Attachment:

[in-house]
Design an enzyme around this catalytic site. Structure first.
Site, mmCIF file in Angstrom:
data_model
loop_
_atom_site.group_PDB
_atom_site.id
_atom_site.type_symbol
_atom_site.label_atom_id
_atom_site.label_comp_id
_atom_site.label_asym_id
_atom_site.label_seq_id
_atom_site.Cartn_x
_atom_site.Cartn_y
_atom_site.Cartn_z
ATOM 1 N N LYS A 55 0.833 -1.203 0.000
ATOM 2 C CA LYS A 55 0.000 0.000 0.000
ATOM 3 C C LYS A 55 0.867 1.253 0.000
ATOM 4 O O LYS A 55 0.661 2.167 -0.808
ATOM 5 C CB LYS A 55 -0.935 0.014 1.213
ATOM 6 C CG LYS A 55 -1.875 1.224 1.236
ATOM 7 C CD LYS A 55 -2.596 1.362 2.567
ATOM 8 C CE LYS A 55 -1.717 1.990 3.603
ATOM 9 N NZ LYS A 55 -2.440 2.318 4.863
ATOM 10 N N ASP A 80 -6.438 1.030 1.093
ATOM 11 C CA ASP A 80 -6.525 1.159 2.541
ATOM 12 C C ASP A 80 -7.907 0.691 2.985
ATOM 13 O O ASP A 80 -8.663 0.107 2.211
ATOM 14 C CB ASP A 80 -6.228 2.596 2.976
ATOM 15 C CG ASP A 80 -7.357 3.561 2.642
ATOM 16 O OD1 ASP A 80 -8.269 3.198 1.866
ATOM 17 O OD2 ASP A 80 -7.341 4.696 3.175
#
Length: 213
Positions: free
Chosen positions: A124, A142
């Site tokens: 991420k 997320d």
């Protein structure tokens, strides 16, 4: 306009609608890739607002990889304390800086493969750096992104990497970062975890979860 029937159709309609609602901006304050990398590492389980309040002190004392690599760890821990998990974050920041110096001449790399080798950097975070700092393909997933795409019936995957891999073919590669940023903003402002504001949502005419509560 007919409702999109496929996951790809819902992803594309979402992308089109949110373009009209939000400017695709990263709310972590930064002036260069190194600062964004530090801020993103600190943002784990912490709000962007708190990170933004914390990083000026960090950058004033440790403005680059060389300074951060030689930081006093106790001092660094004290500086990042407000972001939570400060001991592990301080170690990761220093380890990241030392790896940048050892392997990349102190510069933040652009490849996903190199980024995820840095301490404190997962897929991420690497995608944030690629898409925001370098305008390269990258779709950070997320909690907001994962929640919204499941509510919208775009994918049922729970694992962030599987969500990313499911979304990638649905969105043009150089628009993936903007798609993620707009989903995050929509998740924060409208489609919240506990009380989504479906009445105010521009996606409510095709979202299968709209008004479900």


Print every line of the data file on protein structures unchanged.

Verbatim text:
[in-house]
Design an enzyme around this catalytic site. Structure first.
Site, mmCIF file in Angstrom:
data_model
loop_
_atom_site.group_PDB
_atom_site.id
_atom_site.type_symbol
_atom_site.label_atom_id
_atom_site.label_comp_id
_atom_site.label_asym_id
_atom_site.label_seq_id
_atom_site.Cartn_x
_atom_site.Cartn_y
_atom_site.Cartn_z
ATOM 1 N N LYS A 55 0.833 -1.203 0.000
ATOM 2 C CA LYS A 55 0.000 0.000 0.000
ATOM 3 C C LYS A 55 0.867 1.253 0.000
ATOM 4 O O LYS A 55 0.661 2.167 -0.808
ATOM 5 C CB LYS A 55 -0.935 0.014 1.213
ATOM 6 C CG LYS A 55 -1.875 1.224 1.236
ATOM 7 C CD LYS A 55 -2.596 1.362 2.567
ATOM 8 C CE LYS A 55 -1.717 1.990 3.603
ATOM 9 N NZ LYS A 55 -2.440 2.318 4.863
ATOM 10 N N ASP A 80 -6.438 1.030 1.093
ATOM 11 C CA ASP A 80 -6.525 1.159 2.541
ATOM 12 C C ASP A 80 -7.907 0.691 2.985
ATOM 13 O O ASP A 80 -8.663 0.107 2.211
ATOM 14 C CB ASP A 80 -6.228 2.596 2.976
ATOM 15 C CG ASP A 80 -7.357 3.561 2.642
ATOM 16 O OD1 ASP A 80 -8.269 3.198 1.866
ATOM 17 O OD2 ASP A 80 -7.341 4.696 3.175
#
Length: 213
Positions: free
Chosen positions: A124, A142
């Site tokens: 991420k 997320d």
């Protein structure tokens, strides 16, 4: 306009609608890739607002990889304390800086493969750096992104990497970062975890979860 029937159709309609609602901006304050990398590492389980309040002190004392690599760890821990998990974050920041110096001449790399080798950097975070700092393909997933795409019936995957891999073919590669940023903003402002504001949502005419509560 007919409702999109496929996951790809819902992803594309979402992308089109949110373009009209939000400017695709990263709310972590930064002036260069190194600062964004530090801020993103600190943002784990912490709000962007708190990170933004914390990083000026960090950058004033440790403005680059060389300074951060030689930081006093106790001092660094004290500086990042407000972001939570400060001991592990301080170690990761220093380890990241030392790896940048050892392997990349102190510069933040652009490849996903190199980024995820840095301490404190997962897929991420690497995608944030690629898409925001370098305008390269990258779709950070997320909690907001994962929640919204499941509510919208775009994918049922729970694992962030599987969500990313499911979304990638649905969105043009150089628009993936903007798609993620707009989903995050929509998740924060409208489609919240506990009380989504479906009445105010521009996606409510095709979202299968709209008004479900």